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US8422469B2 - Method for interference-minimizing resource block-size selection at a macrocell, a microcell and a femtocell - Google Patents

Method for interference-minimizing resource block-size selection at a macrocell, a microcell and a femtocell Download PDF

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US8422469B2
US8422469B2 US12501320 US50132009A US8422469B2 US 8422469 B2 US8422469 B2 US 8422469B2 US 12501320 US12501320 US 12501320 US 50132009 A US50132009 A US 50132009A US 8422469 B2 US8422469 B2 US 8422469B2
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network
spectrum
primary
femtocell
users
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Ismail Guvenc
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NTT Docomo Inc
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    • HELECTRICITY
    • H04ELECTRIC COMMUNICATION TECHNIQUE
    • H04LTRANSMISSION OF DIGITAL INFORMATION, e.g. TELEGRAPHIC COMMUNICATION
    • H04L5/00Arrangements affording multiple use of the transmission path
    • H04L5/0001Arrangements for dividing the transmission path
    • H04L5/0003Two-dimensional division
    • H04L5/0005Time-frequency
    • H04L5/0007Time-frequency the frequencies being orthogonal, e.g. OFDM(A), DMT
    • HELECTRICITY
    • H04ELECTRIC COMMUNICATION TECHNIQUE
    • H04LTRANSMISSION OF DIGITAL INFORMATION, e.g. TELEGRAPHIC COMMUNICATION
    • H04L5/00Arrangements affording multiple use of the transmission path
    • H04L5/003Arrangements for allocating sub-channels of the transmission path
    • H04L5/0032Distributed allocation, i.e. involving a plurality of allocating devices, each making partial allocation
    • H04L5/0033Distributed allocation, i.e. involving a plurality of allocating devices, each making partial allocation each allocating device acting autonomously, i.e. without negotiation with other allocating devices
    • HELECTRICITY
    • H04ELECTRIC COMMUNICATION TECHNIQUE
    • H04LTRANSMISSION OF DIGITAL INFORMATION, e.g. TELEGRAPHIC COMMUNICATION
    • H04L5/00Arrangements affording multiple use of the transmission path
    • H04L5/003Arrangements for allocating sub-channels of the transmission path
    • H04L5/0037Inter-user or inter-terminal allocation
    • HELECTRICITY
    • H04ELECTRIC COMMUNICATION TECHNIQUE
    • H04LTRANSMISSION OF DIGITAL INFORMATION, e.g. TELEGRAPHIC COMMUNICATION
    • H04L5/00Arrangements affording multiple use of the transmission path
    • H04L5/003Arrangements for allocating sub-channels of the transmission path
    • H04L5/0044Arrangements for allocating sub-channels of the transmission path allocation of payload
    • HELECTRICITY
    • H04ELECTRIC COMMUNICATION TECHNIQUE
    • H04LTRANSMISSION OF DIGITAL INFORMATION, e.g. TELEGRAPHIC COMMUNICATION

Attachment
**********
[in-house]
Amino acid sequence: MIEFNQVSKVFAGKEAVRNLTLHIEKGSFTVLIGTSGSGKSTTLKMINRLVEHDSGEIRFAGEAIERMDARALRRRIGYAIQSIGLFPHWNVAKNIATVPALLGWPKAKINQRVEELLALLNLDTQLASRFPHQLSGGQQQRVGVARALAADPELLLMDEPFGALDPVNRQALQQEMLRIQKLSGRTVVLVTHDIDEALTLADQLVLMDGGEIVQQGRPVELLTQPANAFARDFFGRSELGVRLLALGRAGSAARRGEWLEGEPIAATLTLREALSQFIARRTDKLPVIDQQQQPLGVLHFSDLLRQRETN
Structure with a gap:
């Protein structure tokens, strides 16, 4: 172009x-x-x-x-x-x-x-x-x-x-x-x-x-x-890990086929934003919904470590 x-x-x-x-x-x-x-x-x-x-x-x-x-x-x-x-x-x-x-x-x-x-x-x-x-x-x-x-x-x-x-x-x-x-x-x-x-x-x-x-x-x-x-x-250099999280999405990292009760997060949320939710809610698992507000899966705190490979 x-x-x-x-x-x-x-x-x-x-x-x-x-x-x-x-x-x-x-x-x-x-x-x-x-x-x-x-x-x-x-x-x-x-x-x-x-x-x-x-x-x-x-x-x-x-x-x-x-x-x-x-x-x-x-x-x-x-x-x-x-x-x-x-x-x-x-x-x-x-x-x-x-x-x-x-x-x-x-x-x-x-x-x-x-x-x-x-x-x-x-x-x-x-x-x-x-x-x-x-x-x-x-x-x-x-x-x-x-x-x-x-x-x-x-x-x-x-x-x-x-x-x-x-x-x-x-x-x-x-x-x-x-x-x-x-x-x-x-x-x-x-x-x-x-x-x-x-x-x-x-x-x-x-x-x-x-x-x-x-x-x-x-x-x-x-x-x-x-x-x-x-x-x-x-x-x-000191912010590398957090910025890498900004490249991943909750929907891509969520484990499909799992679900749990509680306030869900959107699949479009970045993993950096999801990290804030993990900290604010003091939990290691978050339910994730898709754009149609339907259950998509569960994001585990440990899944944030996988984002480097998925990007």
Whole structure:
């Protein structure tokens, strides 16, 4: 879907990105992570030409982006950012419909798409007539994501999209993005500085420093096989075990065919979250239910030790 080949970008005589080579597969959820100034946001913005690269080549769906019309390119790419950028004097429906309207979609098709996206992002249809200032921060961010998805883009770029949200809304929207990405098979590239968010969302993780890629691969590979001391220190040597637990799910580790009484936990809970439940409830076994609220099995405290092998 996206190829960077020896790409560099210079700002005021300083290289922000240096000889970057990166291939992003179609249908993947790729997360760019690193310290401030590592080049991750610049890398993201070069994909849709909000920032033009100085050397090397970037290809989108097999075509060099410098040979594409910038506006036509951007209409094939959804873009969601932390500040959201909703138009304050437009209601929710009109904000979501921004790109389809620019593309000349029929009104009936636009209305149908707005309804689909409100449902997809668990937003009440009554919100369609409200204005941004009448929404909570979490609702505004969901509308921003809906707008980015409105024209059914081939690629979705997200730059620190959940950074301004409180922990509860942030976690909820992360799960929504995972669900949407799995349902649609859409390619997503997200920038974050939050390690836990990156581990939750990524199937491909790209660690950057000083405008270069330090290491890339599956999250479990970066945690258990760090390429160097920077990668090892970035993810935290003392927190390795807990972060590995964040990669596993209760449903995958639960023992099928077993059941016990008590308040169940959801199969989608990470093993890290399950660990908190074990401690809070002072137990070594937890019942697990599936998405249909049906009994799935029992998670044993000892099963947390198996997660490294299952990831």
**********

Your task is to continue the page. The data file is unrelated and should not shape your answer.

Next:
• H04L5/00Arrangements affording multiple use of the transmission path
    • H04L5/003Arrangements for allocating sub-channels of the transmission path
    • H04L5/0058Allocation criteria
    • H04L5/0062Avoidance of ingress interference, e.g. ham radio channels
    • HELECTRICITY
    • H04ELECTRIC COMMUNICATION TECHNIQUE
    • H04LTRANSMISSION OF DIGITAL INFORMATION, e.g. TELEGRAPHIC COMMUNICATION
    • H04L5/00Arrangements affording multiple use of the transmission path
    • H04L5/0091Signaling for the administration of the divided path
    • H04L5/0092Indication of how the channel is divided
    • HELECTRICITY
    • H04ELECTRIC COMMUNICATION TECHNIQUE
    • H04WWIRELESS COMMUNICATIONS NETWORKS
    • H04W16/00Network planning, e.g. coverage or traffic planning tools; Network deployment, e.g. resource partitioning or cells structures
    • H04W16/14Spectrum sharing arrangements between different networks
    • HELECTRICITY
    • H04ELECTRIC COMMUNICATION TECHNIQUE
    • H04WWIRELESS COMMUNICATIONS NETWORKS
    • H04W24/00Supervisory, monitoring or testing arrangements
    • HELECTRICITY
    • H04ELECTRIC COMMUNICATION TECHNIQUE
    • H04WWIRELESS COMMUNICATIONS NETWORKS
    • H04W72/00Local resource management, e.g. wireless traffic scheduling or selection or allocation of wireless resources
    • HELECTRICITY
    • H04ELECTRIC COMMUNICATION TECHNIQUE
    • H04WWIRELESS COMMUNICATIONS NETWORKS
    • H04W72/00Local resource management, e.g. wireless traffic scheduling or selection or allocation of wireless resources
    • H04W72/04Wireless resource allocation
    • H04W72/044Wireless resource allocation where an allocation plan is defined based on the type of the allocated resource
    • H04W72/0453Wireless resource allocation where an allocation plan is defined based on the type of the allocated resource the resource being a frequency, carrier or frequency band
    • HELECTRICITY
    • H04ELECTRIC COMMUNICATION TECHNIQUE
    • H04WWIRELESS COMMUNICATIONS NETWORKS
    • H04W72/00Local resource management, e.g. wireless traffic scheduling or selection or allocation of wireless resources
    • H04W72/04Wireless resource allocation
    • H04W72/08Wireless resource allocation where an allocation plan is defined based on quality criteria
    • H04W72/082Wireless resource allocation where an allocation plan is defined based on quality criteria using the level of interference
    • HELECTRICITY
    • H04ELECTRIC COMMUNICATION TECHNIQUE
    • H04WWIRELESS COMMUNICATIONS NETWORKS
    • H04W84/00Network topologies
    • H04W84/02Hierarchically pre-organised networks, e.g. paging networks, cellular networks, WLAN [Wireless Local Area Network] or WLL [Wireless Local Loop]
    • H04W84/04Large scale networks; Deep hierarchical networks
    • H04W84/042Public Land Mobile systems, e.g. cellular systems
    • H04W84/045Public Land Mobile systems, e.g. cellular systems using private Base Stations, e.g. femto Base Stations, home Node B